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A summary of the inland waterways of Normandy.
Rona II engages full holiday mode. After 24 hours in Le Harve we set sail
for the historic town of Caen on the morning tide. After a not-too-vigorous
motor sail to Oustreham, we took a trip through a lock, under the famous
Pegasus Bridge we arrived at our miniature pontoon (made for yachts about
half our size) set right in the middle of beautiful Caen. Upon our arrival
we were greeted by -- nobody. This level of service and general attendance
at work has become a common observation of the French for the crew. We
responded by posting lookouts in the cockpit to catch the marina office
attendants when they arrived for their ten-minute shift and to direct them
to the nearest Normanton to negotiate the terms of our stay.

We spent the following day on a trip out soaking up the rich culture the
area has to offer. We took a very fancy train to Bayeux and the whole crew
visited the ancient Bayeux tapestry. Other activities involved visiting the
cathedral and eating crepes. We then had mother-assembled baguettes in the
park and boarded a coach for Arromanches. In this fascinating site of the
D-day landings the crew did all sorts including walking the hills, visiting
the D-day museum and eating crepes.

Our final day in Caen was spent very much freely to the whims of each crew
member. Ed, Nathan and Callum went for a post-breakfast run taking in the
two cathedrals, castle and a beautiful vista over the full city. After this
the afterguard and a couple of the crew headed to Pegasus bridge and
Oustreham. Among other things they became the rowdy lot cheering along a
water-borne jousting competition. The rest of the crew spent their time
in-and-around Caen. Activities included visiting memorials,
stand-up-paddle-boarding and eating crepes. The day was ended with a
crew-wide volleyball game in the city centre. Everybody slept with sand in
their bunks that night.

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Rona II blog 23rd Aug 2017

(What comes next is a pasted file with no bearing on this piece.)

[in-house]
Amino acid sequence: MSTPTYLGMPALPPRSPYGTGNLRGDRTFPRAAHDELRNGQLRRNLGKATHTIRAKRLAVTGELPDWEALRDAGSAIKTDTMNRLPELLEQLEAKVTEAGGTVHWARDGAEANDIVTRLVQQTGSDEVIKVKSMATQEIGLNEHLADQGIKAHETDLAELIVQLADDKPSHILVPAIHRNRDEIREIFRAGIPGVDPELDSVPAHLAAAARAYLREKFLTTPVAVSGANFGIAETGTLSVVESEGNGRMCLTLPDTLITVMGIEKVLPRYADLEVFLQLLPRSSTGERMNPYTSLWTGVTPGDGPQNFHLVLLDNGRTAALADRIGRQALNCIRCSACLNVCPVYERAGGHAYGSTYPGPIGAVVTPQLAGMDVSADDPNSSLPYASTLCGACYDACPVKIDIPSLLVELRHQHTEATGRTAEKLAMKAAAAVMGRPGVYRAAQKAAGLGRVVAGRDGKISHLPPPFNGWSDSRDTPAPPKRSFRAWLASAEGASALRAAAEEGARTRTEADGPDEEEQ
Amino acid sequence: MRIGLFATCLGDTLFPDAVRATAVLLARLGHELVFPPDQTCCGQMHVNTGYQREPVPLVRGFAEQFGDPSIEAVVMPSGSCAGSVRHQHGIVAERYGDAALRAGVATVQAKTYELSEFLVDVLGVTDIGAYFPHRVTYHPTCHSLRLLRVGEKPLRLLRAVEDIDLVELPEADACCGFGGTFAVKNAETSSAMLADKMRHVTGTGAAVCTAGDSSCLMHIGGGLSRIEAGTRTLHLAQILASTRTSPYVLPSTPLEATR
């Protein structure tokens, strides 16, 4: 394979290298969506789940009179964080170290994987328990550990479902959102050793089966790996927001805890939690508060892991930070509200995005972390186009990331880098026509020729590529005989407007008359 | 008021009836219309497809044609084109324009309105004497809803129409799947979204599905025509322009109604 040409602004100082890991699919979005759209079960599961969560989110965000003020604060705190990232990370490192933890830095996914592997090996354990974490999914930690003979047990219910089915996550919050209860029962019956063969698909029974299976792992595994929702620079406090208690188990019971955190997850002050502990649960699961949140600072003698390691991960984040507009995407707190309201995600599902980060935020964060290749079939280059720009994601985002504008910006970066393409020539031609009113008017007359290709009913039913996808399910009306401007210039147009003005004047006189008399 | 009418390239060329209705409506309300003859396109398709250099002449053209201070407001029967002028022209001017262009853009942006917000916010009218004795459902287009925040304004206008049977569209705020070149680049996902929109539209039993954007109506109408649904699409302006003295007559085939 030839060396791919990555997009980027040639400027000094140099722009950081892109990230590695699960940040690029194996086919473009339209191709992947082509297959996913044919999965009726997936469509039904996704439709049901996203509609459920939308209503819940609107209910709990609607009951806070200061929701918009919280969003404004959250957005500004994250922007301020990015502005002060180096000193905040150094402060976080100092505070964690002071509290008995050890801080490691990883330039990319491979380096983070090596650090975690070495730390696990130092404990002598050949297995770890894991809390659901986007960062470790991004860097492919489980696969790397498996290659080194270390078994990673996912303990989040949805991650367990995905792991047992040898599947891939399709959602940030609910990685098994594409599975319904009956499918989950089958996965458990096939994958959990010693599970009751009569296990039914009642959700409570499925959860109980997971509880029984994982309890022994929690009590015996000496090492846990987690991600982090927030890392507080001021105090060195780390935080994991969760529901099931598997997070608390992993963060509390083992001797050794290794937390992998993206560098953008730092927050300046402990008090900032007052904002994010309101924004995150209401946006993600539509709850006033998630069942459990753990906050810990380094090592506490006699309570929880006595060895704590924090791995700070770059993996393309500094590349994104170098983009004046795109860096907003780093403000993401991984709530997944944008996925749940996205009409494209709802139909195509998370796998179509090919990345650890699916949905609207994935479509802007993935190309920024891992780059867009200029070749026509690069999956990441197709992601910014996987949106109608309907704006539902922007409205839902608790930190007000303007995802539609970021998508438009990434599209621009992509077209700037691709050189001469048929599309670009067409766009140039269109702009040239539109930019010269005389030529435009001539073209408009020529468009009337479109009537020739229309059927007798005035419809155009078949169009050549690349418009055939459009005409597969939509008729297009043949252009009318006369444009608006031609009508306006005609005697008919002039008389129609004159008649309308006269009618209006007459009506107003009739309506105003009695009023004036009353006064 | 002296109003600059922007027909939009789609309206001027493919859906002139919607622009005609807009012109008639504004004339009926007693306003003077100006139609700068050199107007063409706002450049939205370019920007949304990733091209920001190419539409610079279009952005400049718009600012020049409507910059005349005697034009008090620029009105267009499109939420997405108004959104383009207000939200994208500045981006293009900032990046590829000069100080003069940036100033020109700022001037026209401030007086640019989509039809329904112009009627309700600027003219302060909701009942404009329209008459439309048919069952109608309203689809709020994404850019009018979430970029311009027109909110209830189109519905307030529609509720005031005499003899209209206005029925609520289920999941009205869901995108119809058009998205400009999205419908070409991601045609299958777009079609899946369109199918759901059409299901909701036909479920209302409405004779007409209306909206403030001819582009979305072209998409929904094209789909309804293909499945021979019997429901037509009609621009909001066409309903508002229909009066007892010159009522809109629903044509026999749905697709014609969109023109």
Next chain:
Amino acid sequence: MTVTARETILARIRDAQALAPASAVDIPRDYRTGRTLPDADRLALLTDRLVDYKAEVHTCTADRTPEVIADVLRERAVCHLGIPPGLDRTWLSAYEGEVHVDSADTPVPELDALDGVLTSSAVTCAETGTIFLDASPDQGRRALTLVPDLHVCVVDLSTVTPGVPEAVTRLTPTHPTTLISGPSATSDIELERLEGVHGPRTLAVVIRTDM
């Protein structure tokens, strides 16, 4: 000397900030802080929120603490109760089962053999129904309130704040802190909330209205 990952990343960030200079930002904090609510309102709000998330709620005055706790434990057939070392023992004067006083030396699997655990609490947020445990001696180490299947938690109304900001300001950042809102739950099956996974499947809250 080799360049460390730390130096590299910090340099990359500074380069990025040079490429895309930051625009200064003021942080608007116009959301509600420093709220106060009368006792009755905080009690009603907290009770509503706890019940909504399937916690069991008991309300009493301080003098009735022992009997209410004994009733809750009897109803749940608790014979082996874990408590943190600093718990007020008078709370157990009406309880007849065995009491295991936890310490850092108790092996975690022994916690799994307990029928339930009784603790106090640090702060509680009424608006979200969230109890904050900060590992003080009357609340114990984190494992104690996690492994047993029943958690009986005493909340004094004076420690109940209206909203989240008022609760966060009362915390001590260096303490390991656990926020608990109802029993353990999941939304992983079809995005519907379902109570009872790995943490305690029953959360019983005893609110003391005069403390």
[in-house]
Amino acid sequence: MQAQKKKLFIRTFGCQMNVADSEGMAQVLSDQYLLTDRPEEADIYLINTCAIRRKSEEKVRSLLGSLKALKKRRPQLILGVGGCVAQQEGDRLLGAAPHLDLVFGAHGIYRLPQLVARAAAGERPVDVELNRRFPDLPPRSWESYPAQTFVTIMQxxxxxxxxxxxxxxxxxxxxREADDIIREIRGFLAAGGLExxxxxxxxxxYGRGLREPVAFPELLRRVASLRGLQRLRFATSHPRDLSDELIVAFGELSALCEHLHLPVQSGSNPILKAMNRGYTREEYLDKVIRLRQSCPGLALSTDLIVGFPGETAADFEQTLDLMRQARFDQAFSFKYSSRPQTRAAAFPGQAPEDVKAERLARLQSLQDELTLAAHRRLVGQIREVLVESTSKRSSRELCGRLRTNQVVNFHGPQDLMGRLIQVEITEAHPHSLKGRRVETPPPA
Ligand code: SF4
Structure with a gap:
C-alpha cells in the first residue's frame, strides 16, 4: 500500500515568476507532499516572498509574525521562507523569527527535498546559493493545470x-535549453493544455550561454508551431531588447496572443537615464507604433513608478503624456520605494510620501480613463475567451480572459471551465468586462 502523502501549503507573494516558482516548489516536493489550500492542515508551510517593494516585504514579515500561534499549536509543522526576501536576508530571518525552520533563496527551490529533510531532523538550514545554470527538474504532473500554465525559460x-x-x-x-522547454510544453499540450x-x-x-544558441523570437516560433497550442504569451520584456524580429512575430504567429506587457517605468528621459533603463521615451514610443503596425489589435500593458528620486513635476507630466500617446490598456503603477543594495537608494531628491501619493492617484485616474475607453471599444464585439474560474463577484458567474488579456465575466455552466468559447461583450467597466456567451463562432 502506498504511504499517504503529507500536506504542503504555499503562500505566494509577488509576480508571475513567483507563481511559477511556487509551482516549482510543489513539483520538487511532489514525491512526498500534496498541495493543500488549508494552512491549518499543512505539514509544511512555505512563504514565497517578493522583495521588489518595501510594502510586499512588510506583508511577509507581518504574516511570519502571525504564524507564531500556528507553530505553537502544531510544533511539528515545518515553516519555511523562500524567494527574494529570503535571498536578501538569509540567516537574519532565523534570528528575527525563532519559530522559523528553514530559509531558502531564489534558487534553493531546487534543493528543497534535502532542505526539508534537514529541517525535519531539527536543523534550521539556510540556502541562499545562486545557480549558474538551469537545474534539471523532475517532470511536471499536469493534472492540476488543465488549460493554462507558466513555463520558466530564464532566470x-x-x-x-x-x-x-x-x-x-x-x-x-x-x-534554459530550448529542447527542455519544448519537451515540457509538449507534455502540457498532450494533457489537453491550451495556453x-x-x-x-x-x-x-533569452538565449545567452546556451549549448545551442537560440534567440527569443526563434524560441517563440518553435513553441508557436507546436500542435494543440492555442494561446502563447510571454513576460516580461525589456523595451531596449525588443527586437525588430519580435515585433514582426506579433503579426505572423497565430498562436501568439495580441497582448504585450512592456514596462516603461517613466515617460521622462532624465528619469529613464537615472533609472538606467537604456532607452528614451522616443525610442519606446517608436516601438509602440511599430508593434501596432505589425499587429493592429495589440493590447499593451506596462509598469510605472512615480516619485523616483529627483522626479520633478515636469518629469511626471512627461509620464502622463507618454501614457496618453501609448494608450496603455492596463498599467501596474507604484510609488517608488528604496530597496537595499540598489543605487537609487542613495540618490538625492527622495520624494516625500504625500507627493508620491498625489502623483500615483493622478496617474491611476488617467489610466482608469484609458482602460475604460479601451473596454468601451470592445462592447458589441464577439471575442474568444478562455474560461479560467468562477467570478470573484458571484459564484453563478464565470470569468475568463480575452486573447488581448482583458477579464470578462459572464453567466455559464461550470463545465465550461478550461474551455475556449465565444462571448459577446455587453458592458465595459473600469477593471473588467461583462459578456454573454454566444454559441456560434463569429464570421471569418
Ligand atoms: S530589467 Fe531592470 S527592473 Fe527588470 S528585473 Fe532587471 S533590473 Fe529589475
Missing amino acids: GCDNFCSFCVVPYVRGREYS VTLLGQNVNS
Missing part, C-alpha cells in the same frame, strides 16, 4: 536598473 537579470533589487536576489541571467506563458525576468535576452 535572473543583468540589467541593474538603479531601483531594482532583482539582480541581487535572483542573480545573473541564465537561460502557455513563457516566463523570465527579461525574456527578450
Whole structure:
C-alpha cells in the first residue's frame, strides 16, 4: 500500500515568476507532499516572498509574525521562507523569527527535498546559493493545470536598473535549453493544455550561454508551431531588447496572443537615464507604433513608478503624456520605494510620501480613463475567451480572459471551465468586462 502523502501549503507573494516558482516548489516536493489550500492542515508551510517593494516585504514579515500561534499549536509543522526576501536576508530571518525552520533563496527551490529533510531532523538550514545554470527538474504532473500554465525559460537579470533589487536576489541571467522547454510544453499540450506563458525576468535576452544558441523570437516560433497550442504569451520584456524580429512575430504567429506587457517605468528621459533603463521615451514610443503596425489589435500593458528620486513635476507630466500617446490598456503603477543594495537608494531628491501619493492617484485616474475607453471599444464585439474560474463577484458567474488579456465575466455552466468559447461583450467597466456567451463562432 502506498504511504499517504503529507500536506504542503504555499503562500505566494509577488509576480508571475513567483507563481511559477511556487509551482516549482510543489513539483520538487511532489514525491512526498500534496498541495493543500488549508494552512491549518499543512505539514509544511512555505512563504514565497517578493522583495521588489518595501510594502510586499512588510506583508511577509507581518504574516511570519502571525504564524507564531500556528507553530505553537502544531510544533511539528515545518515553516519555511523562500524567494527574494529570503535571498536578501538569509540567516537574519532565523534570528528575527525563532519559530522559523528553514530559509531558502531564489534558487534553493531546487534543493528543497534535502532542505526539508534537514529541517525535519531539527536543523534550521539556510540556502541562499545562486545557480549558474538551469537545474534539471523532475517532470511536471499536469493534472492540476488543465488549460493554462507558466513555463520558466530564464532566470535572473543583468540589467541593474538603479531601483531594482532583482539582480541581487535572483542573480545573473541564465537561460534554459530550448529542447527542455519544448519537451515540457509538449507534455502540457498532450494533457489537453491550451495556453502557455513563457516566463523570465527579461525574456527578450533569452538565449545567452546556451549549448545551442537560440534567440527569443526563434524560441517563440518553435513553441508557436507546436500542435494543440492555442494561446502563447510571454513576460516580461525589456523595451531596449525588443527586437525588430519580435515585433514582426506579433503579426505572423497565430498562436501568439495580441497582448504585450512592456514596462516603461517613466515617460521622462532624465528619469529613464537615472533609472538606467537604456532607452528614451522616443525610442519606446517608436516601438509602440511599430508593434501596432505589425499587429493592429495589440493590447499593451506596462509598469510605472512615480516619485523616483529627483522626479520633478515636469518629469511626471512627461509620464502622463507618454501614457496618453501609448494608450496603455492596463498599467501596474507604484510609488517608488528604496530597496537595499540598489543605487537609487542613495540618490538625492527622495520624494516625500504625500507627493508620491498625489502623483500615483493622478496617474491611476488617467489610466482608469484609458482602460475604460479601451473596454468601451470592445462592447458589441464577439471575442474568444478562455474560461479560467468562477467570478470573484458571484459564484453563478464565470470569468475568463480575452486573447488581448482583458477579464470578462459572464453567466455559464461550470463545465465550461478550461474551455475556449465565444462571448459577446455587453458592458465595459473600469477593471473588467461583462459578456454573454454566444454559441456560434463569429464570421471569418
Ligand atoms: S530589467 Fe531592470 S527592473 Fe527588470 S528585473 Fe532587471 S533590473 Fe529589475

> Disaster strikes! After arriving in the visitor marina of Le Havre at
> 0430,
> Rona II drove over a stray rope which had been left in the water.
> This tangled around the propeller, causing the Skipper to call for the
> anchor to be dropped a mere 10 metres from our intended mooring position.
> The crew then had to inflate the rubber dinghy and set world class rower
> Theo Darlow to take a line to shore where himself and Dr Sam Wareing
> pulled
> the boat in.
>
> In the morning, the afterguard set off to find a commercial diver to cut
> the
> rope free from the propeller. They located a man named Patrick, who
> arrived
> to the scene of the incident at about 1500 donning full scuba gear; he
> quickly got into the water and began working away at the stern of Rona II.
> After roughly 45 minutes of fishing bits of rope from the marina water,
> the
> crew saw Patrick emerge victorious. Angus Elliman used his bilingual
> …

No sailing, but a busy day aboard Rona II

This was a very French start to a very French day: at 0900 the Tricolor was
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stars for the day, mother watch the Mayans, started well, with them
presenting the crew with great pancakes and only a small galley incident
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Matt (Woodcock - we've got three Matts...) was woken up for his watch to the
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porridge" to start his birthday. His card, beautifully drawn by Watch
Officer Nathan's sons Tay and Cai before we left, was also presented. Mother
watch in fact kept themselves very busy today by baking various cakes, three
excellent meals, and three varieties of bread, including a plaited loaf
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The skipper's quiz started today with a political history round featuring
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